When asked to define allergy symptoms, most people think of sneezing, sniffling and itchy eyes – the trademark features of “hay fever”. In fact, many other types of allergy symptoms can affect the skin, lungs, eyes and other areas of the body.
Allergy symptoms appear wherever the body releases histamine in response to an allergen. Most often, histamine is released in the skin, respiratory system or stomach. Depending on histamine levels, symptoms may range from a mild skin rash to life-threatening anaphylaxis.
Most people know allergic rhinitis as hay fever – a cluster of allergic reactions occurring around the mouth, nose and face. Coughing, sneezing, a runny nose and wheezing are all common symptoms of allergic rhinitis.
The causes of allergic rhinitis vary: Pollen from trees and plants, dust mites, and animal dander are all common triggers. Allergy symptoms vary from person to person, and include a mix of the following:
- coughing or sneezing
- sinus headaches
- itchy eyes, mouth, ears, nose and/or throat
- runny nose
- sore throat.
Chronic Sinusitis and Sinus Headaches
In addition to common hay fever reactions, airborne allergens can cause sinusitis. The sinus membranes become inflamed, leading to nasal congestion, sinus headaches, coughing and nasal discharge. Most cases of sinusitis last a few weeks, but chronic cases can last for months.
Asthma is characterized by inflammation of the respiratory airways, leading to shortness of breath, wheezing, cough and a feeling of tightness in the chest. Many triggers can set off an asthma attack, including airborne allergens.
Allergic conjunctivitis is an allergic reaction of the eye. Over eighty million Americans suffer from ocular allergies. The eye usually becomes inflamed after contact with an airborne allergen. Symptoms include itchy eyes, redness, tearing and discharge from the eye.
Allergic conjunctivitis does not damage the eye, but certain forms of conjunctivitis can cause vision loss, and may be mistaken for allergic conjunctivitis. Atopic keratoconjunctivitis can cause photosensitivity (aversion to light), corneal ulcers and cataracts, if left untreated. Vernal conjunctivitiscauses intense itchiness in the eye, blurry vision, a “stringy” discharge from the eye and photosensitivity. If you experience any of these symptoms, seek medical attention.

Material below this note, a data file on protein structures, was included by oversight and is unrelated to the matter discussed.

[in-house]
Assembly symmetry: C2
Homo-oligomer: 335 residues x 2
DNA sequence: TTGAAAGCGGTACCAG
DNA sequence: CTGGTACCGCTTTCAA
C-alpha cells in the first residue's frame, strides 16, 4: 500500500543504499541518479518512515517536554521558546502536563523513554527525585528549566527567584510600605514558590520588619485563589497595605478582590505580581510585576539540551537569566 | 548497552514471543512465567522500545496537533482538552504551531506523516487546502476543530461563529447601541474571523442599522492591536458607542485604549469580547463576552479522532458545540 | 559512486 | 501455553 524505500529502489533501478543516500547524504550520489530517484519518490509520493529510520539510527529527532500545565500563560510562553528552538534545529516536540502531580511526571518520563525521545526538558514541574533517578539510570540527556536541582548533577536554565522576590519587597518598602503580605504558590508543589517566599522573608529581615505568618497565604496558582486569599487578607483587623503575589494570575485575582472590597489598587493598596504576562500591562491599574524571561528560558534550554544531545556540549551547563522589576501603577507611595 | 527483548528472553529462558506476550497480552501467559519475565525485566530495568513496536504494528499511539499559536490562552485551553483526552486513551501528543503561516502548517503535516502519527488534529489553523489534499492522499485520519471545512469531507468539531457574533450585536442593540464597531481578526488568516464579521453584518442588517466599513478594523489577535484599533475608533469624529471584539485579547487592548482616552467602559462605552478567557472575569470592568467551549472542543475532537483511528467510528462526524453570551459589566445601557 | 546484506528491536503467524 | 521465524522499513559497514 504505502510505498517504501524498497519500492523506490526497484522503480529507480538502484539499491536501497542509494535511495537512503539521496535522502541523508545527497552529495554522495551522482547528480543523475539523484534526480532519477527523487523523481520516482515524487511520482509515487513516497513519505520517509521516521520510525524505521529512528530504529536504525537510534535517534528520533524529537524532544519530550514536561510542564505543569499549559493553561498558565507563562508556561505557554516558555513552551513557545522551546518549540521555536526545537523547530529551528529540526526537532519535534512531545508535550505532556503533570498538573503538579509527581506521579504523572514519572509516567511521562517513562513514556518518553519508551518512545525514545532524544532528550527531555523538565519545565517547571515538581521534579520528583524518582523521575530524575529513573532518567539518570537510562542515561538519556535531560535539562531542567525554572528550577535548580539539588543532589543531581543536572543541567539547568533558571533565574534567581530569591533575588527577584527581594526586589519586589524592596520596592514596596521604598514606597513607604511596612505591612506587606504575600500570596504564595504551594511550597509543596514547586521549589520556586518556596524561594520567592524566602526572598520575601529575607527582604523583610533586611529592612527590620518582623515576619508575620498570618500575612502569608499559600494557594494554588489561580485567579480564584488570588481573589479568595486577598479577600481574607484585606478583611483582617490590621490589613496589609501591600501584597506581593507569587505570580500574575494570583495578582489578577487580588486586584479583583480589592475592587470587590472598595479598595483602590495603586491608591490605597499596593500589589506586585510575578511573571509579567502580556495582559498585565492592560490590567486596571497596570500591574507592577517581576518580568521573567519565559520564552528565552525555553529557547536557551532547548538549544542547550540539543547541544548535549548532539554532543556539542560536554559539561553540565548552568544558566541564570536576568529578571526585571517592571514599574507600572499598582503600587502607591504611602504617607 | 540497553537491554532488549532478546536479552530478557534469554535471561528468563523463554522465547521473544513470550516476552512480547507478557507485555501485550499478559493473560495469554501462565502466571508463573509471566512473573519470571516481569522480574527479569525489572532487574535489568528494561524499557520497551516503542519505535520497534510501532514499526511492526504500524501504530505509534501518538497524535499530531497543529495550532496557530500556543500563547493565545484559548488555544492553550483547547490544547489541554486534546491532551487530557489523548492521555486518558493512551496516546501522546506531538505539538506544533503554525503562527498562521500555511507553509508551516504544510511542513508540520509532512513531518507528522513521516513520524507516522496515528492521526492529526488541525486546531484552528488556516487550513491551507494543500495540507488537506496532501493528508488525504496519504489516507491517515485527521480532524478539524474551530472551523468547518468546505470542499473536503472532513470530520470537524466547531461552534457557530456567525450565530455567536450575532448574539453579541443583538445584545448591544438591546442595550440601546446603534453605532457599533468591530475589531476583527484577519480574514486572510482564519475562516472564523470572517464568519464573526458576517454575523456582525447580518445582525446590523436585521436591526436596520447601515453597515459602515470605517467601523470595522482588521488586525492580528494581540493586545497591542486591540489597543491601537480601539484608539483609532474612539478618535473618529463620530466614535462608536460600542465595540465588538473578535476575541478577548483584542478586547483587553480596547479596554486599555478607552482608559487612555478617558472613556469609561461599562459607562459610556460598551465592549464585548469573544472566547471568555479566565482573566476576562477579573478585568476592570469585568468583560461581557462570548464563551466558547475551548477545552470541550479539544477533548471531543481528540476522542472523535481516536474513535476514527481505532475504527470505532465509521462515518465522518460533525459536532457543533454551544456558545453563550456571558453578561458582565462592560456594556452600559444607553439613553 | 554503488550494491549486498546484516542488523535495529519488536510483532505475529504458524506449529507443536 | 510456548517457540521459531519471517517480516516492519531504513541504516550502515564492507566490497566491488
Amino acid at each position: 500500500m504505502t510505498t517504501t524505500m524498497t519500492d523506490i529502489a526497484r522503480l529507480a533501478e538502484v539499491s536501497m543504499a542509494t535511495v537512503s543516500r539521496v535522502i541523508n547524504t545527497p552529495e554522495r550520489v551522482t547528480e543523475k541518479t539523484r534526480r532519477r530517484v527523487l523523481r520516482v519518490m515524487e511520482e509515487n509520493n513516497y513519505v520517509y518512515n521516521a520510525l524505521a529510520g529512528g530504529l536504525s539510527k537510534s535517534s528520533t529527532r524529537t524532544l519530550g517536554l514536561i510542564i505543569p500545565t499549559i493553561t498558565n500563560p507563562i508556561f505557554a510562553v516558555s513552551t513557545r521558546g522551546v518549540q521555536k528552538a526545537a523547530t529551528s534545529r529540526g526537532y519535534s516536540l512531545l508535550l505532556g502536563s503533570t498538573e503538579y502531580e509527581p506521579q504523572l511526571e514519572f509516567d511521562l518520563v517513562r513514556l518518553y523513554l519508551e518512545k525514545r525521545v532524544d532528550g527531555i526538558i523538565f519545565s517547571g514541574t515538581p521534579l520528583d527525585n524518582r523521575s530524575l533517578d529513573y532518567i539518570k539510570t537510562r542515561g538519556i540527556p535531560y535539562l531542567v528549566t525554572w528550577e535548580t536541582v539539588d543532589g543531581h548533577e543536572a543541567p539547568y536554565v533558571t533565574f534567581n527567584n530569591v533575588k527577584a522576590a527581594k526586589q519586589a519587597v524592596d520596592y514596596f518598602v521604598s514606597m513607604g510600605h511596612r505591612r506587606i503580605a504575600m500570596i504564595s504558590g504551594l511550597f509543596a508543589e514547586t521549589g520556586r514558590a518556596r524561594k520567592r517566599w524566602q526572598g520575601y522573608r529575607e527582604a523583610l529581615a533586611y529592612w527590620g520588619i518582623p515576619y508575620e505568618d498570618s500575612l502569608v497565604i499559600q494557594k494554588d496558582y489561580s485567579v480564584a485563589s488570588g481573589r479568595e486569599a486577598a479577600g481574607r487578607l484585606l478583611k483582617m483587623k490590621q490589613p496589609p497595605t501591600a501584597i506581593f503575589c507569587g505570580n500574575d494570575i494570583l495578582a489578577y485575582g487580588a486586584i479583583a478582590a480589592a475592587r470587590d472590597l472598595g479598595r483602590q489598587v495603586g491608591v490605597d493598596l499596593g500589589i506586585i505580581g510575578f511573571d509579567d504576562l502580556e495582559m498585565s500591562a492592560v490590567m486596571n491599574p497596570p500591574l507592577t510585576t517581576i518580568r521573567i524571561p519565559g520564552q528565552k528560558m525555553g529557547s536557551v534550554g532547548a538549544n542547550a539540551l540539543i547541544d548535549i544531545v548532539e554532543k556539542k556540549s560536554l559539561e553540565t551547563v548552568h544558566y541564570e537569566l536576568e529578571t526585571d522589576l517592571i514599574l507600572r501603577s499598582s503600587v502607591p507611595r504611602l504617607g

Skin Rashes and Urticaria
Skin contact with an allergen may cause a skin rash or skin hives. A skin rash may appear as blotchy red patches or small red spots. The rash is generally confined to the area of contact with the allergen.
Skin hives (urticaria) are raised, itchy red bumps caused by the release of histamine in the body. They can be chronic, and may swell. Urticaria is not usually dangerous, but the sudden development of widespread hives is a sign of anaphylaxis and should be taken seriously. If swelling develops in the airways or on the tongue, breathing can become difficult: Seek immediate medical attention if this occurs.
Eczema is a specific skin condition with possible genetic links to allergies. People who suffer from eczema often have a family history of allergies or asthma. A scaly red rash that itches and blisters characterizes eczema. Over time, constant itching can lead to red, leathery skin.
Histamine can be released into the digestive system. If this happens, nausea or stomach cramps may result. Vomiting and diarrhea are also possible. Allergic reactions of the digestive system can be easily mistaken for “the flu” or food poisoning.
Anaphylaxis is the most dangerous of the allergic reactions. Prompt medical attention is required to prevent loss of consciousness or even death. Once an allergen is encountered, anaphylaxis can occur immediately, or begin up to an hour after initial contact. Symptoms of anaphylaxis can include:
- itching and tingling of the mouth or lips
- dizziness or lightheadedness
- a hoarse voice
- swollen lips
- shortness of breath or wheezing
- widespread urticaria
- a sudden drop in blood pressure
- a loss of consciousness.